Designing Disenchantment

“I’m so over Italy,” said an American relative who spent many years working in the country. “It’s just too frustrating these days.” Indeed, if one were to read British news periodicals, after Israel, the Italians have the second worst reputation. Based on the behavior of Italy’s political leadership during the year that we lived in Milan, it’s not difficult to understand why.

The hardest part in explaining why isn’t in criticizing Berlusconi, or any of the boorish, racist behavior of his cabinet members. They’re too easy to disassemble, since they are already such grotesquely exaggerated caricatures in their own right. The challenge is to provide the kinds of examples of their misrule, that would lead others, outside of Italy, to actually care.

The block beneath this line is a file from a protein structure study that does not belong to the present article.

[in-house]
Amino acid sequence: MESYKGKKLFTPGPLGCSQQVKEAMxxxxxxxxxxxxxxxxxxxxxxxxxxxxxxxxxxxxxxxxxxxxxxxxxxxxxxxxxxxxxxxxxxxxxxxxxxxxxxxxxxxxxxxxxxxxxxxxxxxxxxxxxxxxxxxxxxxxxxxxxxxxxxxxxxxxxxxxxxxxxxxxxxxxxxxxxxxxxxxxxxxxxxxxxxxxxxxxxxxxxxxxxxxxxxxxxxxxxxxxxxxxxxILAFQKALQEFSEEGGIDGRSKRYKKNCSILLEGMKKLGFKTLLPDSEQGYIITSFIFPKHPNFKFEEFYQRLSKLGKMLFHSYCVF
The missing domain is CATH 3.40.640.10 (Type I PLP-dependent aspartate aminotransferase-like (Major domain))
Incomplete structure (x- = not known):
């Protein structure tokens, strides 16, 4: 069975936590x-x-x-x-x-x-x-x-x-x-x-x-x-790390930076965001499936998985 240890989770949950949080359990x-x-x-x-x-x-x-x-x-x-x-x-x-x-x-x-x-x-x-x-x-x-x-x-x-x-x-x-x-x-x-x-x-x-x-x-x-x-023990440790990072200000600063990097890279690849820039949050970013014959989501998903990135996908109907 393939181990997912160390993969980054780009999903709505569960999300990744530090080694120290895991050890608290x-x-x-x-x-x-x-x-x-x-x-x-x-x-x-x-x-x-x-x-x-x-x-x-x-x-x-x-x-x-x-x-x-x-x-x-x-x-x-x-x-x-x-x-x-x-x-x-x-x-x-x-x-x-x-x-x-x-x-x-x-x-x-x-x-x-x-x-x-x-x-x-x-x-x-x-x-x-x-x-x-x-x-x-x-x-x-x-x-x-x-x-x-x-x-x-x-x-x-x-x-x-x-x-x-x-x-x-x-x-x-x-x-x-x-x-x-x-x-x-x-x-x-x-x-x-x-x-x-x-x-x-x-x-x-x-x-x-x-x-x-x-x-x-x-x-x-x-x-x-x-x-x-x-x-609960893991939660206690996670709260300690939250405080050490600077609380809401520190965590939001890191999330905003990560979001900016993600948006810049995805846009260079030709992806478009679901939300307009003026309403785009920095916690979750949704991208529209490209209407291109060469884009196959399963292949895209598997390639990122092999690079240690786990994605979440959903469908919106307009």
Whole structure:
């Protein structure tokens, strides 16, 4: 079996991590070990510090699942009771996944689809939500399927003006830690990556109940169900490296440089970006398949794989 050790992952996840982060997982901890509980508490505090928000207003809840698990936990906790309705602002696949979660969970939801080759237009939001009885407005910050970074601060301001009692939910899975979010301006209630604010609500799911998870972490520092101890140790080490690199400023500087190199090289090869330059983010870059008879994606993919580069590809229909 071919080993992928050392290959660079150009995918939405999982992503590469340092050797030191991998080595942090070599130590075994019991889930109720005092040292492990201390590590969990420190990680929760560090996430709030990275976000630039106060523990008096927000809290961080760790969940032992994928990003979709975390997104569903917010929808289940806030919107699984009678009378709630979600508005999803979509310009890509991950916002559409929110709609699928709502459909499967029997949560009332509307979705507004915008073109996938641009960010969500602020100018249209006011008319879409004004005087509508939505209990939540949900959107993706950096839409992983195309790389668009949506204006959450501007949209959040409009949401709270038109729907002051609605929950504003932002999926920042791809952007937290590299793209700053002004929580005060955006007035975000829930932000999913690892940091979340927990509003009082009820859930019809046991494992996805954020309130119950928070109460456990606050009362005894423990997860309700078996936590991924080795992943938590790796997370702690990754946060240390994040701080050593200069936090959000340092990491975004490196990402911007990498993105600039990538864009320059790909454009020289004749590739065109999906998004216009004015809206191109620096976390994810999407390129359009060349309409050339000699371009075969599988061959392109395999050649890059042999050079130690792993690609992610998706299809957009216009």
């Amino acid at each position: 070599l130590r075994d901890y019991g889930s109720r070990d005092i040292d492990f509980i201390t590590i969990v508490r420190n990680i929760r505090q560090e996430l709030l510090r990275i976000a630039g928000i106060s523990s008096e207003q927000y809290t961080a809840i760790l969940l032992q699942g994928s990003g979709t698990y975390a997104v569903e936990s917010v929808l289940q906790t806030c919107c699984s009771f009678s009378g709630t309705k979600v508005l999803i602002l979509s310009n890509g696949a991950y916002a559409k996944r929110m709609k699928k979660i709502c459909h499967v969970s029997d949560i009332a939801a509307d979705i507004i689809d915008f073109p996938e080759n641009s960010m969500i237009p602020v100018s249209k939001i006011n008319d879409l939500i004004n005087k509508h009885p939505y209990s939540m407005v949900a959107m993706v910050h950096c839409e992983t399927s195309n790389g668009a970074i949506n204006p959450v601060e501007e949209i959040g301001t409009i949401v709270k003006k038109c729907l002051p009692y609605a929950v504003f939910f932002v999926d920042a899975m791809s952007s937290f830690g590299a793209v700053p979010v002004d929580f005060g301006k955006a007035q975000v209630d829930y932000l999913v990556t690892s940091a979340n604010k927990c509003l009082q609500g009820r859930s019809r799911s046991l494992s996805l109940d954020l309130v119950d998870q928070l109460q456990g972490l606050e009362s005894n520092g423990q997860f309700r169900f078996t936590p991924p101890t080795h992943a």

For me, that means finding ways to narratively represent how utterly depressing it was, for example, to be invited to a sumptuous dinner at a Mediaset journalist’s home, and told how strongly she backed a government proposal to impose quotas on immigrants in public schools. “How can we tolerate a situation where we Italians are a minority in our own classrooms?” she asked.

I can cite so many instances like these, some far worse even, mixed up with far more mundane everyday events, all of which communicate the same thing. That’s the advantage, I think, one gets, living in a particular place for any length of time. If you pay proper attention to what’s going on around you, all the elements are there to mount the most effective kinds of criticism.

A disenchanted Italian is responsible for the poster. Pasted to a lamp post, in Navigli, some time in January.